If MS wants people to get used to digital distribution, instead of just cramming it down peoples throats by making physical media like it, they should have sales like Steam does. If Steam can have sales on AAA titles the week they come out then MS can also, they're bigger, no more of this crap where the downloaded game cost more than buying the disc new at Walmart. They just went about it all wrong. . .
Derek Howe
One word: GOOD.
People-Power! So where does this leave the revamped XBox 360, buy a new machine to play your old games? That was a big waste of development dollars wasn't it MS you control freaks
Michael Mantion
Congrats on not being stupid.. Wait.. How do they get good pr for being bad then being average? I say shame on them for ever being so stupid. I still have not bought StarCraft 2 because of the net connection requirement.
Bill Bennett
My Son a 33 year old gamer, just snickered and said no way, He laughed at the ad for it.
I pre-ordered a PS4 already. I think a lot of people voted with their wallets already and I heard speculation that the PS4 was outselling the XB1 by about 2 to 1 which is probably the main reason for the change of heart.
If you think about it Microsoft has the Windows/Office cash cow and they have thrown a lot of money on a lot of failures trying to expand outside that market before succeeding on Xbox. All they really needed to do was update hardware to 2013 specs and not much else and they messed it up badly. The timing of the PRISM leaks right before they announced a console that requires and runs Kinect even when its off and requires an always on connection didn't help their cause much but I can't imagine some of their investors were happy about their attempt to seize failure from the jaws of success.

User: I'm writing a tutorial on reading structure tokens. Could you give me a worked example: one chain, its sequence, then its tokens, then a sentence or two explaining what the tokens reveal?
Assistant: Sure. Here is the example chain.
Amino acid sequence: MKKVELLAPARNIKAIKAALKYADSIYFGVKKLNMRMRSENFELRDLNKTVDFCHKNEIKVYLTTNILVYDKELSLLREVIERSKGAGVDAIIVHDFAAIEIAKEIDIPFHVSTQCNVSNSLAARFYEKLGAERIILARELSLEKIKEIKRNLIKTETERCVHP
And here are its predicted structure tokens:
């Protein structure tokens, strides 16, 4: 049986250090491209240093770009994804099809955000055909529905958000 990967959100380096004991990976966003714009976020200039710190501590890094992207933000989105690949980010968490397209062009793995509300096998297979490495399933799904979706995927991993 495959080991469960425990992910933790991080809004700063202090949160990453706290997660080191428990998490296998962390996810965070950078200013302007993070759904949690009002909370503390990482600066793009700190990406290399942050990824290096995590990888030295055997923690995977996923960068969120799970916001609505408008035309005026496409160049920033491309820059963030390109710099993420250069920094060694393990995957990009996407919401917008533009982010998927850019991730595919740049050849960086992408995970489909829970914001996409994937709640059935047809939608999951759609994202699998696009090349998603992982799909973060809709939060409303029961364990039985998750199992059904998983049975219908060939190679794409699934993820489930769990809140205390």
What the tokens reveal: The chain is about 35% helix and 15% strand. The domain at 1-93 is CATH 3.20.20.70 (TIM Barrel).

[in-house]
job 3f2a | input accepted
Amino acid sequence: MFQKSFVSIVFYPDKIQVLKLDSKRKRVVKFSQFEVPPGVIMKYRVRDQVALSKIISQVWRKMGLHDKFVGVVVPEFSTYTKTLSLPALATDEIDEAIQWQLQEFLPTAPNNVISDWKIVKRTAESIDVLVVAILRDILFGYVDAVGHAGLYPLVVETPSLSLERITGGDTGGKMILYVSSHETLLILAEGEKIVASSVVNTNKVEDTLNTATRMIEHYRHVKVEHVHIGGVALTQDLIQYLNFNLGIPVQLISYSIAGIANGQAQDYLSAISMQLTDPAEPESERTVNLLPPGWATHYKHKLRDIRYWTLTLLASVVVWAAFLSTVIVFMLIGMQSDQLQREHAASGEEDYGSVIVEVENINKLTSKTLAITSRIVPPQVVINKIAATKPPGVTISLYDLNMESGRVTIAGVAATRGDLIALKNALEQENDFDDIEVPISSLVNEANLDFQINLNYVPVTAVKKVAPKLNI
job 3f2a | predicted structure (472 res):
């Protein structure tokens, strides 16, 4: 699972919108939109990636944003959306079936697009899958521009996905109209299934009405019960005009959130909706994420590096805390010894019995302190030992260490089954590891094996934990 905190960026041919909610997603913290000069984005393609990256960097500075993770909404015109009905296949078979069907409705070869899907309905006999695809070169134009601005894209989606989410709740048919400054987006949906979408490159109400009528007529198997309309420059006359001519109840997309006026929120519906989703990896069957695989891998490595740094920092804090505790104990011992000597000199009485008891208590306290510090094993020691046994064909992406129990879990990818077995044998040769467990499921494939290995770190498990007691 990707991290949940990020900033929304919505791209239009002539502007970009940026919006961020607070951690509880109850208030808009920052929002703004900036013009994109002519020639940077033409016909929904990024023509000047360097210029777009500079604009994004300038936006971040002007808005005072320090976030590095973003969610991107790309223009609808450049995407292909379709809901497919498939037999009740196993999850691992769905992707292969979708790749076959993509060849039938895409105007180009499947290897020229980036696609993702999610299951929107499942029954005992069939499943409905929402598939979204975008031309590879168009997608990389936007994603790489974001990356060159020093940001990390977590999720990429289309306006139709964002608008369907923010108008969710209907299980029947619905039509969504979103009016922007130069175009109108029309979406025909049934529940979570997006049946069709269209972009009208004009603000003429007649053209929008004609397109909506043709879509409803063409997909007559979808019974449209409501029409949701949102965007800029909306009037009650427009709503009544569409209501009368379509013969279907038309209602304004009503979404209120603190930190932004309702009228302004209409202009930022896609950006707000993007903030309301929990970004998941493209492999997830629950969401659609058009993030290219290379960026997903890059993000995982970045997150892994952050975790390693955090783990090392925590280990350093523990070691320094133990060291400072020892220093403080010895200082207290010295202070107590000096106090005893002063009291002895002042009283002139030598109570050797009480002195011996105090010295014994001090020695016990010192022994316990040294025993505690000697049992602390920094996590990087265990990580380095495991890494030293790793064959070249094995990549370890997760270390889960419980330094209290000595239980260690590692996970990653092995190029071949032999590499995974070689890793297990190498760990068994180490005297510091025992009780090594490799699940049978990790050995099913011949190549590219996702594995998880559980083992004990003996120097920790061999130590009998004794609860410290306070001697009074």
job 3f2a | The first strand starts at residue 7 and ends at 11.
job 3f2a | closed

Joshua Smallwood
@ exodous - they already have sales on Xbox Live marketplace; right now Fable 3 is available for free, while games like Halo Reach and Battlefield Bad Company 2 are available for less than $30 AUD.
Its idiots in management like Don Mattrick that make stupid decisions based on the bottom line rather than thinking about the consumers first. Microsoft is always backtracking after stunts from management like this.
Michael Maulbeck
I think Microsoft did redeem themselves a tiny bit with this announcement. But, I am still not forking over that much money on their system. What am I going to do with a Kinect since my space is limited. Drop your price tag to be competitive with Sony which I am going to buy and you may sway me to buy an xbox one. $500 seems a tad bit steep to me. Heck even $400 seems a bit steep for me since I am on a fixed budget. but I'm going to save up. Yeah I might not get it when it first comes out but I don't like getting systems when they first come out anyway since there are almost always bugs in the programing or hardware at first. I didn't get the xbox360 when It first came out back in 2005 I waited 4 years when I could afford it. yes I am an avid xbox fan but I still do like what Sony is doing for there system.
Paul van Dinther
Good for Microsoft to backtrack but this is not some naive company that forgot to do market research on DRM.
They thought they'd get away with it and they were quite happy to force DRM town their customers throat.
Basically, Microsoft showed that it is quite happy to eat it's customers for an extra dollar if it can get away with it.
If they didn't get their arcane DRM past you now, they will next time. Reason enough to stay away from Xbox.